If you can't make it out, it is the snout of an Elephant Seal. The animal is facing directly away and its head is flipped over backwards looking at us upside down! The bulbous tip of the nose is up in the air and the forehead is at water level with both its eyes looking at us from just above the water.

As we neared shore again a group of dolphins raced us.

Pacific White-sided Dolphins
Pacific White-sided Dolphin
And a third-for-the-day Brown Booby passed over the boat before continuing on.

Immature Brown Booby
Immature Brown Booby
Immature Brown Booby
Brown Booby
The day was quickly ending. The gulls were getting a late afternoon snack.

Heading for home
Gulls at sunset

We entered the bay at dusk and it was quite dark by the time we reached the dock.

The moon over San Diego Bay
Moon over San Diego Bay.

Sunday, November 11, 2018

Birds in three dimensions

The majestic bird spreads its great wings and gracefully launches itself from the cliff into powerful flight.

Or not.

More than likely the bird steps off the ledge of its high-rise home and when it reaches the correct floor opens its wings to get off its self-imagined elevator. Or, like a day-old Wood Duck chick, fledging from its nest 35 feet up in a tree cavity, it jumps out, bouncing when it hits the ground, and waddles away to the pond.

J.B.S. Haldane, On Being the Right Size (1928) wrote:
"To the mouse and any smaller animal [gravity] presents practically no dangers. You can drop a mouse down a thousand-yard mine shaft; and, on arriving at the bottom, it gets a slight shock and walks away, provided that the ground is fairly soft. A rat is killed, a man is broken, a horse splashes.
"For the resistance presented to movement by the air is proportional to the surface of the moving object. Divide an animal’s length, breadth, and height each by ten; its weight is reduced to a thousandth, but its surface only to a hundredth. So the resistance to falling in the case of the small animal is relatively ten times greater than the driving force.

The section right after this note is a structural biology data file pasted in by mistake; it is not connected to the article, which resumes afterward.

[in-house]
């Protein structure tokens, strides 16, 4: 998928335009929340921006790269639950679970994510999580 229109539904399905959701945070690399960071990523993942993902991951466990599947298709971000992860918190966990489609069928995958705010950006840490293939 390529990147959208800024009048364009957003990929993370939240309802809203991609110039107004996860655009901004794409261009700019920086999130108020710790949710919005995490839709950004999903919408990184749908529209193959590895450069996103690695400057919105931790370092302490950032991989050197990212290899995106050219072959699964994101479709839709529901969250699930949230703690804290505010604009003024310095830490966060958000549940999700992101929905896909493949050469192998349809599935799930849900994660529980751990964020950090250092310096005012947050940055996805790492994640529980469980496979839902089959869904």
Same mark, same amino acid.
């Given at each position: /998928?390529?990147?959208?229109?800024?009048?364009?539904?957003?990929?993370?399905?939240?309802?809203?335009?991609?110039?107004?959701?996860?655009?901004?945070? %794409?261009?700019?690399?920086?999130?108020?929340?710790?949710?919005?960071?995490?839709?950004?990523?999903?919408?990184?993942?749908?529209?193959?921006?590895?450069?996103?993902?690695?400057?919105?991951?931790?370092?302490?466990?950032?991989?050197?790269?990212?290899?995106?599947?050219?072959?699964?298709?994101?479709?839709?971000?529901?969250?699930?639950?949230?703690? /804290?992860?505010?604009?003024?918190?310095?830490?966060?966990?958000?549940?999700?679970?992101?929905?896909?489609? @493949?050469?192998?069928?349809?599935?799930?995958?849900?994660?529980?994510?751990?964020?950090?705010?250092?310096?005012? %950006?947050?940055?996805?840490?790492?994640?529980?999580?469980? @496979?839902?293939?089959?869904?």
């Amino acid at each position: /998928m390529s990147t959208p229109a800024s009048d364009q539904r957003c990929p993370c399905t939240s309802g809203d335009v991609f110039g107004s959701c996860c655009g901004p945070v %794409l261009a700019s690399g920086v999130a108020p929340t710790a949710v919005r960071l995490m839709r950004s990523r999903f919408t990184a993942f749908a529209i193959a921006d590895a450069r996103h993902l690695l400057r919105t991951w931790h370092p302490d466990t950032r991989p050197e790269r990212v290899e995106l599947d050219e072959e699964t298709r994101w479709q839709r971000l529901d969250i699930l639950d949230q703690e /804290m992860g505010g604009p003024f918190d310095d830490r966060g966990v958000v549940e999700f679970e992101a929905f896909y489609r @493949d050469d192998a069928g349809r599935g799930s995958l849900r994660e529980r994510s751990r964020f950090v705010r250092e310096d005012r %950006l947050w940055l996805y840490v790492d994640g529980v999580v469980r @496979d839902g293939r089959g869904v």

"An insect, therefore, is not afraid of gravity; it can fall without danger, and can cling to the ceiling with remarkably little trouble. It can go in for elegant and fantastic forms of support like that of the daddy-longlegs."
As humans we are strongly bound to the ground. We're not as solidly bound to the ground as an earthworm, perhaps, but our experience isn't as unbounded as a bird. We are only now starting to get used to seeing video shot from drones, floating off from the ground up over the roof tops uninterrupted. Yet that is the world that most birds live in.

Birds have the freedom of flight because of their strong breast muscles and wings. Additionally, because smaller birds don't weigh much compared to their surface cross-section, they have no fear of falling. A fall won't hurt them, because the air holds them up. Gravity is still the same 32 feet per second squared, in a vacuum, but in the open air they flutter down gently like a leaf.

Because of their ability to fly, and the lack of fear of hurting themselves in a fall, birds necessarily perceive the 3-dimensional world in a different way than we do. They live more fully in a 3-dimensional world than we can even imagine.

House Finch
House Finch

Watch this funny Suicidal Pigeon video on YouTube.